Types of Business Structures in Singapore
As you decide to incorporate your business in Singapore, you will have to select the business structure that best suits your needs. This article provides an overview of the different business entity structures allowed in Singapore and explains why a limited liability company is the best choice for most businesses.
For both local and foreign businesses, Singapore ranks as one of the best locations to incorporate. But which structure is right for your company?
Below are the different business structures that are available in Singapore to an entrepreneur.
Limited Liability Companies
Under Singapore Companies Act, a limited liability company may be incorporated as a:
- Private Company Limited by Shares
- Public Company Limited by Shares
- Public Company Limited by Guarantee
PRIVATE COMPANY LIMITED BY SHARES
A private company limited by shares is often referred to as a “private limited company”. A private limited company has between 1 and 50 shareholders, who can be private individuals or corporations. As of 2018, approximately 65% of all companies in Singapore operate as private limited companies. This type of company is also the most appropriate for those who intend to launch an IT business in Singapore.
Of the more than 500,000 businesses in Singapore, over 300,000 are incorporated as a private limited company.Singapore Government Statistics
Why are most businesses structured as private limited companies?
1. Separate Legal Entity with Limited Liability
A private limited company has its own legal identity separate from its shareholders and directors, allowing it to enter into contracts, acquire assets, go into debt and sue and be sued in its own name.As a result, the liability of the company’s shareholders is limited to the amount used to purchase shares in the company. Their private assets cannot be used to pay off the private limited company’s debts or liabilities; such debts stop at the company.
2. Tax Benefits
In Singapore, the effective corporate tax rate is below 9% for companies with profits up to SGD 300,000 and a flat 17% for profits above SGD 300,000. In addition, there is no capital gains tax.Moreover, companies do not pay any dividend tax due to Singapore’s single-tier tax system. Once income has been taxed at the corporate level, dividends are distributed to shareholders tax-free. All of these tax benefits are available to a private limited company.
3. Ease of Raising Capital to Expand Your Business:
You can raise capital by issuing additional shares to current shareholders or by bringing in new shareholders without having to change the structure of your business. This is not readily possible with some of the other corporate structures.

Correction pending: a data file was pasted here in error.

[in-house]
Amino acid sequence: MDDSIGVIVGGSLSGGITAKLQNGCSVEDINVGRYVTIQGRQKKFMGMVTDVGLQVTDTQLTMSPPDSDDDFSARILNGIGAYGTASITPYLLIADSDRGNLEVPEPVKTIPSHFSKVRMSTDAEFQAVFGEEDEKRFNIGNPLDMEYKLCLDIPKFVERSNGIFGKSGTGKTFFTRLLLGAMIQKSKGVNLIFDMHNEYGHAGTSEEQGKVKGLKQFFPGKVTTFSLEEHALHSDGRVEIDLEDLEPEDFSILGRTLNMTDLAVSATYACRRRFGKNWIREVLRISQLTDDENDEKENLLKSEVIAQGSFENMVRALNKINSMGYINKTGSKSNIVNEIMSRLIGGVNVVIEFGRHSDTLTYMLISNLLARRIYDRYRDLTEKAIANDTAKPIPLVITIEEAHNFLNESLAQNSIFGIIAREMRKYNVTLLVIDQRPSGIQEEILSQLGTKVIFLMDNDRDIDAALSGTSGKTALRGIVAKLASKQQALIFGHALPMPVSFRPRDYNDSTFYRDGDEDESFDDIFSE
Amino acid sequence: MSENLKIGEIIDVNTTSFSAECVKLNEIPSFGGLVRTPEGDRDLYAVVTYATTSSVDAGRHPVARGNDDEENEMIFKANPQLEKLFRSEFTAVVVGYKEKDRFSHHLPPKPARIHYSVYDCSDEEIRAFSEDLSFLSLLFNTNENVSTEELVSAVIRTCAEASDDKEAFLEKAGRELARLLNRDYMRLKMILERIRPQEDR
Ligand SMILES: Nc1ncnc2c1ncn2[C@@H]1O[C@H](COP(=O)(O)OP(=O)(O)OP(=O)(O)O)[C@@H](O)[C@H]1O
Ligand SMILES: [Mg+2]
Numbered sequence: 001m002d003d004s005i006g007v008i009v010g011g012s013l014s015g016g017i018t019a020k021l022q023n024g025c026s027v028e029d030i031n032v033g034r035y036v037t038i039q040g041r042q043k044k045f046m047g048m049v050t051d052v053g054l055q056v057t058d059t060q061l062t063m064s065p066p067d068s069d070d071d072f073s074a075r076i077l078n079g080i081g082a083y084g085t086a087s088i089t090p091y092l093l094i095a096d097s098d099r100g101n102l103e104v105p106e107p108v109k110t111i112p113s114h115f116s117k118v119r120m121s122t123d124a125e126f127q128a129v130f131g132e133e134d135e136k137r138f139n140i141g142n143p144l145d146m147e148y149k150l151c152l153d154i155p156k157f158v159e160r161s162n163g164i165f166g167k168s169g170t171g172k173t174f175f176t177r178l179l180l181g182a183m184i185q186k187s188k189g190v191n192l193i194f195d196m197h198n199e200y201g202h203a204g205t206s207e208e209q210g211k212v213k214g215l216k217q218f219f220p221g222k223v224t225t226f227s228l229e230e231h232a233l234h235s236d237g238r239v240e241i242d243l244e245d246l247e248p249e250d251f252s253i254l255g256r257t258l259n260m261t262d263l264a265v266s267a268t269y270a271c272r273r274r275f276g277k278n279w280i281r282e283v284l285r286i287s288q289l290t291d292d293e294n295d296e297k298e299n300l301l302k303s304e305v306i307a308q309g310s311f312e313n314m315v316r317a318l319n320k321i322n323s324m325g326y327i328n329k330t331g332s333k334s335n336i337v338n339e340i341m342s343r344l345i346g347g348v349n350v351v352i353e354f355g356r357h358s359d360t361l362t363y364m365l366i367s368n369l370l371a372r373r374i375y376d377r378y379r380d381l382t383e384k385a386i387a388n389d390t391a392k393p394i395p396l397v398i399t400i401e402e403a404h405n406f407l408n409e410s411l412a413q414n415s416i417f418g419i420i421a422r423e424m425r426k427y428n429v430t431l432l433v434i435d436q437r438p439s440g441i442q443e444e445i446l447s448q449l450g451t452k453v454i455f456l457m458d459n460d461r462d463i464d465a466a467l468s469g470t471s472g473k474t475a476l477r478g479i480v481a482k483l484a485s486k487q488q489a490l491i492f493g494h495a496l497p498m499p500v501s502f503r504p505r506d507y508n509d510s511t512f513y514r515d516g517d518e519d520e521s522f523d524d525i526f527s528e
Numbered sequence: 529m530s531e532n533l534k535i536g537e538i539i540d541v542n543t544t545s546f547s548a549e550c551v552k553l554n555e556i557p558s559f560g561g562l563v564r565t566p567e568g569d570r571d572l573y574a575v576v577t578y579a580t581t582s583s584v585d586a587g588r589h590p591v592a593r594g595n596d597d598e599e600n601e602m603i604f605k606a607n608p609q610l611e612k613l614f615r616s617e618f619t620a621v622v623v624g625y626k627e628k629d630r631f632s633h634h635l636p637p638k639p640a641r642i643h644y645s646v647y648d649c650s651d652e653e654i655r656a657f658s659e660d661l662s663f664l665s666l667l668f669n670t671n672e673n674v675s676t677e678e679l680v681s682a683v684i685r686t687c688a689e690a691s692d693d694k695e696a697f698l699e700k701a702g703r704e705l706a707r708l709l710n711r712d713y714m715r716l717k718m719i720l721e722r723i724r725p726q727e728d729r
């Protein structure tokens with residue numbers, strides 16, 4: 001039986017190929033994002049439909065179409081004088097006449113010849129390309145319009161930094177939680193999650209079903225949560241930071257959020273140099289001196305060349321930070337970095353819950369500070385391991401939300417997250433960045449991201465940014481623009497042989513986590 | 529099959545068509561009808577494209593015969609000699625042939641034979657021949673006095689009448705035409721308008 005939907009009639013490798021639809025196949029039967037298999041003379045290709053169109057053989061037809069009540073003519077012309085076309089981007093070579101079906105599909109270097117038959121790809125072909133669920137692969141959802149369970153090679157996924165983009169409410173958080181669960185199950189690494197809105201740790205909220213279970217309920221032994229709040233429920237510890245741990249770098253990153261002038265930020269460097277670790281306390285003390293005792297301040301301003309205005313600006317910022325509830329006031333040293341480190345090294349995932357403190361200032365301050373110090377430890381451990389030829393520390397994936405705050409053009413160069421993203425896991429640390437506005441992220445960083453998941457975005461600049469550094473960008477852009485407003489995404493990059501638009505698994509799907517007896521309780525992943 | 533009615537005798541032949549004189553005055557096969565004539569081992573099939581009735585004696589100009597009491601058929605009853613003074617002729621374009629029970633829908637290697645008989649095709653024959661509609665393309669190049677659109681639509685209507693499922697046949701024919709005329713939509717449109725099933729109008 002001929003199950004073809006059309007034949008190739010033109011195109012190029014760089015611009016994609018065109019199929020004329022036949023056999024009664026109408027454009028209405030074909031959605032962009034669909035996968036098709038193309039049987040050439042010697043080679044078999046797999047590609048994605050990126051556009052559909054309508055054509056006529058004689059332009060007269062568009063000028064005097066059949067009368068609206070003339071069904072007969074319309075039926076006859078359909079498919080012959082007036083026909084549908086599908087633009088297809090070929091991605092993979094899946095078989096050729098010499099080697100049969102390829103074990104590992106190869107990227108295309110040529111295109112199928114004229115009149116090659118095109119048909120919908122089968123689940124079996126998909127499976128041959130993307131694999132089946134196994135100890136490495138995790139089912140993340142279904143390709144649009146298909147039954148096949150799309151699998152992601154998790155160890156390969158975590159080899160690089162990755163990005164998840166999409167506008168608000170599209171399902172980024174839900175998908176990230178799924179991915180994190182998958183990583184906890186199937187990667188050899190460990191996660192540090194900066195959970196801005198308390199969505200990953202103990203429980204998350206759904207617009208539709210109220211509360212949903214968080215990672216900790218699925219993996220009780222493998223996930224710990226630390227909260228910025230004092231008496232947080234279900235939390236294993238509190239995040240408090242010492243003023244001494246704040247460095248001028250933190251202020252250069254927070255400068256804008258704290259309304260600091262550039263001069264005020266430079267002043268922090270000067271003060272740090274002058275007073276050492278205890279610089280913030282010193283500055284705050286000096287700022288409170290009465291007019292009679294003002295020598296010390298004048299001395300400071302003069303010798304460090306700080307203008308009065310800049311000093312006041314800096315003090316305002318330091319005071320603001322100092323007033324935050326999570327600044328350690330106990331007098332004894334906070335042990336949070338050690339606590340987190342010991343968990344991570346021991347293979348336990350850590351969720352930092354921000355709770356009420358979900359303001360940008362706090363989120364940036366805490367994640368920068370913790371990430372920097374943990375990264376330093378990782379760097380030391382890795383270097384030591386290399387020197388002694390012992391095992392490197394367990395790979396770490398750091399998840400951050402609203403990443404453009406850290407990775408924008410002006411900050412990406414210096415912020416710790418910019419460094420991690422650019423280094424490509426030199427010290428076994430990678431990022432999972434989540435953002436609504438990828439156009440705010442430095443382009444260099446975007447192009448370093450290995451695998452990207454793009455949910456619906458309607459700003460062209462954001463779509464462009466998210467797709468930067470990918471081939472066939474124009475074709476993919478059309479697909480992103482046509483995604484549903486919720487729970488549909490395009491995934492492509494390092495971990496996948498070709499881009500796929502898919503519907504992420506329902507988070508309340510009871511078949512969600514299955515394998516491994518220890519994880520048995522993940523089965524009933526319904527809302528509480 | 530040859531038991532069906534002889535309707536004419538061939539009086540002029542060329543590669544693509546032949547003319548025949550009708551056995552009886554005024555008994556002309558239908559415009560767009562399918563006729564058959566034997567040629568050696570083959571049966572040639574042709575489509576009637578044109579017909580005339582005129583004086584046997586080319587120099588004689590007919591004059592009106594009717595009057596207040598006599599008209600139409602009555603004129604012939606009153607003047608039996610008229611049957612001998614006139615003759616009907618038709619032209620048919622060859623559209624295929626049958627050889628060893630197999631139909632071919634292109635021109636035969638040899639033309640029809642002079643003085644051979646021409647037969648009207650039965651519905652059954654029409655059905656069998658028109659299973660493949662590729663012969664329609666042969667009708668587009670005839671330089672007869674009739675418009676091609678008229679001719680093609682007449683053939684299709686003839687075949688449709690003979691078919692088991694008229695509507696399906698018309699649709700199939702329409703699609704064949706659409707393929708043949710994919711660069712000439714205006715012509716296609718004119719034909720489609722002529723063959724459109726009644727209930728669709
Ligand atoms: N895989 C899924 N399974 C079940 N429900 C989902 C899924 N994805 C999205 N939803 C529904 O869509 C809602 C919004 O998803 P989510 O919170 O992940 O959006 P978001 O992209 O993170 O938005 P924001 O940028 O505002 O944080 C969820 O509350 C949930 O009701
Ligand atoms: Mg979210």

4. Ease of Transfer of Ownership and Perpetual Succession:
Ownership in the company can be transferred easily through the sale of shares. That means the business existence does not rely on the continued membership of any member. If a shareholder dies or resigns, the business can continue to thrive. This is not possible in the case of some of the other structures.
Investing the time and effort in setting up a company tells potential employees, customers, suppliers, partners and investors that you are running a serious and scalable business.
For more information on the procedure for registering a company, see How to Register a Singapore Company.
PUBLIC COMPANY LIMITED BY SHARES
A public company limited by shares has more than 50 shareholders making it the appropriate structure for large, well-established business who want to raise capital by offering shares of the company to the public.
Public companies must register with the Monetary Authority of Singapore and face heavy regulation. They also have extensive compliance and reporting requirements and as such are significantly more expensive to set up and maintain.
PUBLIC COMPANY LIMITED BY GUARANTEE
A public company limited by guarantee is only for non-profit organizations engaged in work for the national or public interest, such as charity or art. As such, this form of legal structure is not discussed in this article.
Options for Foreign Companies
Most foreign companies establish a subsidiary company in Singapore
A foreign company that wishes to establish an office in Singapore can establish one of the following entities:
- A limited liability company known as a subsidiary company
- A branch office
- A representative office
Foreign companies can establish a local limited liability company in Singapore, known as a subsidiary company. They can also set up a branch office or a representative office.